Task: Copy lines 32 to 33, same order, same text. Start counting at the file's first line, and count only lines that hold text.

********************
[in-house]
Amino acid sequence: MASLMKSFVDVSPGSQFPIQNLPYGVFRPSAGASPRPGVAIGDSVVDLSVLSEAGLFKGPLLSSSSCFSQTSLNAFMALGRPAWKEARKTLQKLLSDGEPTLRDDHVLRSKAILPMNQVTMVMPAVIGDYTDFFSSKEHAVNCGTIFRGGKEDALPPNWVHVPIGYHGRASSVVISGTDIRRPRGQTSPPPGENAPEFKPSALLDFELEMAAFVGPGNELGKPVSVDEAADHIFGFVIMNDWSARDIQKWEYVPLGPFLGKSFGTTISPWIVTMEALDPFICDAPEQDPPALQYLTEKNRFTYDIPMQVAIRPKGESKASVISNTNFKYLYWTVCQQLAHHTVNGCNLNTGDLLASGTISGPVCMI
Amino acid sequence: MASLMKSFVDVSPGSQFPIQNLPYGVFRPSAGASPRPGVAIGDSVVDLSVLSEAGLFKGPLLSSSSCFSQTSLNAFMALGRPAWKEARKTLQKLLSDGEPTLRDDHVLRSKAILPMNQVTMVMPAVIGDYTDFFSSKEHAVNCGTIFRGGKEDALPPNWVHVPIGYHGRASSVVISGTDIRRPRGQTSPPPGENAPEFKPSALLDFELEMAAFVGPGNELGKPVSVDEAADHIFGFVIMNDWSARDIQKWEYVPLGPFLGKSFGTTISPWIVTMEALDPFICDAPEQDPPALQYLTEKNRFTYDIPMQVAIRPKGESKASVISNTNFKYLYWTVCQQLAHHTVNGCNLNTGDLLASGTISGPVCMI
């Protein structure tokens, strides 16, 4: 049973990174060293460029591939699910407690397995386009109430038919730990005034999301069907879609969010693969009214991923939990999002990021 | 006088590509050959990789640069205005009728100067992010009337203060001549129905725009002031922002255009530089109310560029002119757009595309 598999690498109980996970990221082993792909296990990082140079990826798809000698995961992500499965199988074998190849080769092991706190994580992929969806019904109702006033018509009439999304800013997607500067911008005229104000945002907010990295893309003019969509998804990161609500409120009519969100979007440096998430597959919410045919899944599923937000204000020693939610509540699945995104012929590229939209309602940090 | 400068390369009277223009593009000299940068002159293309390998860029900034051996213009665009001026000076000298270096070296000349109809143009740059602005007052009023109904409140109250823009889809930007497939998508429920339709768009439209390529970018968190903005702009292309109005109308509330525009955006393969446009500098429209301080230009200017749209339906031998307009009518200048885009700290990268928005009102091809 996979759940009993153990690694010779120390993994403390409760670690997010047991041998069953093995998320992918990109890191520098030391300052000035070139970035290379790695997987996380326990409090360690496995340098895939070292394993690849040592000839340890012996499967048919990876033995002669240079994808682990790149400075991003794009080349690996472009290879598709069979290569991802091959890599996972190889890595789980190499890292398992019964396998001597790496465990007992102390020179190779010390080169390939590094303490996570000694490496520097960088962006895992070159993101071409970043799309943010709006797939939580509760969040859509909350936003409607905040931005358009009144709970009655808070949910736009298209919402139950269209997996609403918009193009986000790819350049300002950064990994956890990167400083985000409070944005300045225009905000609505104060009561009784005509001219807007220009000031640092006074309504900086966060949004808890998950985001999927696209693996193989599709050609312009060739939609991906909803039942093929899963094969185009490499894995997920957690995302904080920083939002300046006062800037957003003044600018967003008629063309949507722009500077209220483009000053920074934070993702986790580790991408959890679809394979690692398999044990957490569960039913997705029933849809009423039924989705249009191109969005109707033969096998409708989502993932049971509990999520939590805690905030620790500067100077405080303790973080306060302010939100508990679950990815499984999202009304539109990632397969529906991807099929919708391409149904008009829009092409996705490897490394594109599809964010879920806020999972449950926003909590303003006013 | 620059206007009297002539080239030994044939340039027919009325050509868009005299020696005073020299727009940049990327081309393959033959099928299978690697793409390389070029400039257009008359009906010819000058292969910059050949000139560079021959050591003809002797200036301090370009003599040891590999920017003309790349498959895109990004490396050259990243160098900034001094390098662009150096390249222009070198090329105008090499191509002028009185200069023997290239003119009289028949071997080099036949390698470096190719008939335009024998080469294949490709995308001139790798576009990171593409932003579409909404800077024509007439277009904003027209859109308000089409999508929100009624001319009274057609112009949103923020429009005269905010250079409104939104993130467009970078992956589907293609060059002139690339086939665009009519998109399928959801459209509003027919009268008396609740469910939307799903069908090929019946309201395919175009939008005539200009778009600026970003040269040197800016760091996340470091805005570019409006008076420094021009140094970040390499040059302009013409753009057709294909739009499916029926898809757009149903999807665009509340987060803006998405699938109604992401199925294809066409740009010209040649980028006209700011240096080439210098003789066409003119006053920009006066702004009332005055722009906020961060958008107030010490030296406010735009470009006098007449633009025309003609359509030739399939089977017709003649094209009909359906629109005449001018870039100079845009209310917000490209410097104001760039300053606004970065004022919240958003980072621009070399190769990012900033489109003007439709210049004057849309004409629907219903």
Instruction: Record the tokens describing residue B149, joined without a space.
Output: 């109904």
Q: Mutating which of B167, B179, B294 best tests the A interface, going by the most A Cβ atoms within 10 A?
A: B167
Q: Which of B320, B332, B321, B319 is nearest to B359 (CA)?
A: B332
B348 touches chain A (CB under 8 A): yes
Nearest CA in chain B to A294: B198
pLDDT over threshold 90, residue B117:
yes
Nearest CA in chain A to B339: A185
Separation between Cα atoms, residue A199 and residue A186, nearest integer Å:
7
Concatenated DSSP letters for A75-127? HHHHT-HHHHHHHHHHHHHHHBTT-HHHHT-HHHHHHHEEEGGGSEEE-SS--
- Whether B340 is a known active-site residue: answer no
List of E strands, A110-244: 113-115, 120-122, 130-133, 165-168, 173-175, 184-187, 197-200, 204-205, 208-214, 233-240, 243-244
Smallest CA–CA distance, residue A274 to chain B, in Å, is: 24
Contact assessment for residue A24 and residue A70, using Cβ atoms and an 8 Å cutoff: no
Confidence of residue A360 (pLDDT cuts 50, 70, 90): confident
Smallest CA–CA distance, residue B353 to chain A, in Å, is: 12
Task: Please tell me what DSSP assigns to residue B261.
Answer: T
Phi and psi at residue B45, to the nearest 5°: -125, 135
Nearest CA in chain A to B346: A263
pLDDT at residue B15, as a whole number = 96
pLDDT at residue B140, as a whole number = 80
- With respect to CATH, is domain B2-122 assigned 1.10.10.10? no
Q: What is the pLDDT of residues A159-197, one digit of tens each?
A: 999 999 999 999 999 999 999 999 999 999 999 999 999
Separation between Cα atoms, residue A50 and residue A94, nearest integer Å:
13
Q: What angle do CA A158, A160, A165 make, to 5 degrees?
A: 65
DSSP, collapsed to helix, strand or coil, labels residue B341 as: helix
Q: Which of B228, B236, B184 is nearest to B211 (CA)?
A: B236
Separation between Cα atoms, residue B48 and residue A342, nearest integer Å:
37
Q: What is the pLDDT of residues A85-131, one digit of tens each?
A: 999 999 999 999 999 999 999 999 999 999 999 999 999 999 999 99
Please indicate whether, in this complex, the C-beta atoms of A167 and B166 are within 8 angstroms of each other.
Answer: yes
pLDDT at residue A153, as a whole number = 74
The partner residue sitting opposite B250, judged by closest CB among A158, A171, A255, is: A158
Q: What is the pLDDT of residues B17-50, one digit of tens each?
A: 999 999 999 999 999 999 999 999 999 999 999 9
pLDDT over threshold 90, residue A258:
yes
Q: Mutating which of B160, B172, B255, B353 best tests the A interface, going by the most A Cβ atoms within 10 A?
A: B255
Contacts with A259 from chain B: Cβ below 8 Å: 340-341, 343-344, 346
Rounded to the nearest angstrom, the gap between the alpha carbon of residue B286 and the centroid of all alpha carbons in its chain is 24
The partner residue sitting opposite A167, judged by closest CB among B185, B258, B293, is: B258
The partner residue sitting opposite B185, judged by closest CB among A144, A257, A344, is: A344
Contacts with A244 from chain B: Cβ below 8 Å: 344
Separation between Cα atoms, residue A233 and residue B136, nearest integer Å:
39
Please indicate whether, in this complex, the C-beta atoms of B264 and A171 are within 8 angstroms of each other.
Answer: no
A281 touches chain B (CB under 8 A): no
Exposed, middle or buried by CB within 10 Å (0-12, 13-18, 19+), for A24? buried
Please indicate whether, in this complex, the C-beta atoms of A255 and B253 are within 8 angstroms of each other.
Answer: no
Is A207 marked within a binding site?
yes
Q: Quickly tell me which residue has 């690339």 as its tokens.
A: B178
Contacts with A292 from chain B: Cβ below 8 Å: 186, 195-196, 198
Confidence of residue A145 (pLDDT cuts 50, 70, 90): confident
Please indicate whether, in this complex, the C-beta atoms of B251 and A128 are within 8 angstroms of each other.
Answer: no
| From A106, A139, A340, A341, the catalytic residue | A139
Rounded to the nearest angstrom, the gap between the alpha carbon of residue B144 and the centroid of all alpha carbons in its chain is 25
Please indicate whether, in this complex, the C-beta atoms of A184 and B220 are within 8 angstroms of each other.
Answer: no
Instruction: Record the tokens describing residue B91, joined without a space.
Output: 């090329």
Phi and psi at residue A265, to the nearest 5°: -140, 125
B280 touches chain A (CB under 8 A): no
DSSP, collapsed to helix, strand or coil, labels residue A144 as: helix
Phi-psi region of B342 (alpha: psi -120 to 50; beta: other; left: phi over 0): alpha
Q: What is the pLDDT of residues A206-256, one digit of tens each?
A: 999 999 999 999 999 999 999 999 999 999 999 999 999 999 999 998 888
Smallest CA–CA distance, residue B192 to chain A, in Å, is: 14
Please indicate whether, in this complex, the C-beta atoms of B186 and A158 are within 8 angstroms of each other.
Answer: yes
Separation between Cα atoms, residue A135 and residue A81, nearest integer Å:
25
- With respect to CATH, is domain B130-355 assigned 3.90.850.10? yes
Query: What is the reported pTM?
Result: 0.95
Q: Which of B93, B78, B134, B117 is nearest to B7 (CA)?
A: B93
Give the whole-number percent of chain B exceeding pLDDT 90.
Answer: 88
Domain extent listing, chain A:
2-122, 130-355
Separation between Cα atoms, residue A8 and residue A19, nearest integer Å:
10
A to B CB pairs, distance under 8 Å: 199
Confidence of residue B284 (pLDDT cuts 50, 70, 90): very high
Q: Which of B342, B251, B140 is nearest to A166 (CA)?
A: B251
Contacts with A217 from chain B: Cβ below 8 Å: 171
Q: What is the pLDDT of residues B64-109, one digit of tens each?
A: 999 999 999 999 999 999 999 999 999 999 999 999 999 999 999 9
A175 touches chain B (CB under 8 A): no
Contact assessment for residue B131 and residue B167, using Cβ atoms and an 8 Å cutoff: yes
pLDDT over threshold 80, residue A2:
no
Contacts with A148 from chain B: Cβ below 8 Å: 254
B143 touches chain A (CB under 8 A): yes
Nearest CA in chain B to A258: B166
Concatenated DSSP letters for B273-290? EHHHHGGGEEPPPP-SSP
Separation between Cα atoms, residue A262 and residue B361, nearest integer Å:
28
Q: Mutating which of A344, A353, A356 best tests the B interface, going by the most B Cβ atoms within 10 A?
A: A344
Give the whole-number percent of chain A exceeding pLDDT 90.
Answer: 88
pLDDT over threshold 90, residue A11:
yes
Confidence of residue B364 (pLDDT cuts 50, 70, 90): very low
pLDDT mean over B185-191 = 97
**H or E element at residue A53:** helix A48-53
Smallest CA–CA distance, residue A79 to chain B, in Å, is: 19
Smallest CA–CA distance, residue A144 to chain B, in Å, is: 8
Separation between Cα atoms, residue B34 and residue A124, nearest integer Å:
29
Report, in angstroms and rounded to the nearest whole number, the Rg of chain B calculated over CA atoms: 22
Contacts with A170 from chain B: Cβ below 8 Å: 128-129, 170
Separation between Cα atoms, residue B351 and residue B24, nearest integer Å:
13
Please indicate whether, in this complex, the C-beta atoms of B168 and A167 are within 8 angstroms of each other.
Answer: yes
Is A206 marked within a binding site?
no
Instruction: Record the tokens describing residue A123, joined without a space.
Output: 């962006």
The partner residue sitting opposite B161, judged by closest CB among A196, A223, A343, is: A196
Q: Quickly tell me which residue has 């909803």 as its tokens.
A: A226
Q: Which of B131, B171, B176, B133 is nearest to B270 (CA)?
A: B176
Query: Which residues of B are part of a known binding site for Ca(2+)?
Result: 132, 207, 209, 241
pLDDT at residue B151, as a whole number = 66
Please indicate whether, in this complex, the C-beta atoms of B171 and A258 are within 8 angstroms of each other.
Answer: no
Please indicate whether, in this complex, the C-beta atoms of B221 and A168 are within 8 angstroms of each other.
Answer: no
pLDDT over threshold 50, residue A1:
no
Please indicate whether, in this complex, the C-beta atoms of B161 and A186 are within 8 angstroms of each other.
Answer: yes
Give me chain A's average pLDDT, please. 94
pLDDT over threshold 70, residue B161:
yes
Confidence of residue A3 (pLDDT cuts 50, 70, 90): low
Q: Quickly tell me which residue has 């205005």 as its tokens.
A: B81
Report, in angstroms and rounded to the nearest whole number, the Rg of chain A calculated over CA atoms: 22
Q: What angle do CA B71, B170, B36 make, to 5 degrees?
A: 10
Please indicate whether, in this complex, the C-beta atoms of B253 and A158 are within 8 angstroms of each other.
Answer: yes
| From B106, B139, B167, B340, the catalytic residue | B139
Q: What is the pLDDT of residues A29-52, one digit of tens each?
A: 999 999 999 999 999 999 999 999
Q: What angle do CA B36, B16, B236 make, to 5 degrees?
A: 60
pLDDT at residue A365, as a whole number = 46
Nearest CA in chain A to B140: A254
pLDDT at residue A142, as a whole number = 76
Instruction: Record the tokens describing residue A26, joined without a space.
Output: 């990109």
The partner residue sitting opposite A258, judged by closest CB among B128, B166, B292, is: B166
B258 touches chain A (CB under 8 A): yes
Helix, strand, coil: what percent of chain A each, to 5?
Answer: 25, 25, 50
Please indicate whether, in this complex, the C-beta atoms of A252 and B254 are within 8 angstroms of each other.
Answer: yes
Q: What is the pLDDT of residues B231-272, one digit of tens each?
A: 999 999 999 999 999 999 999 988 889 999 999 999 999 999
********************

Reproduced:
Q: What is the pLDDT of residues A159-197, one digit of tens each?
A: 999 999 999 999 999 999 999 999 999 999 999 999 999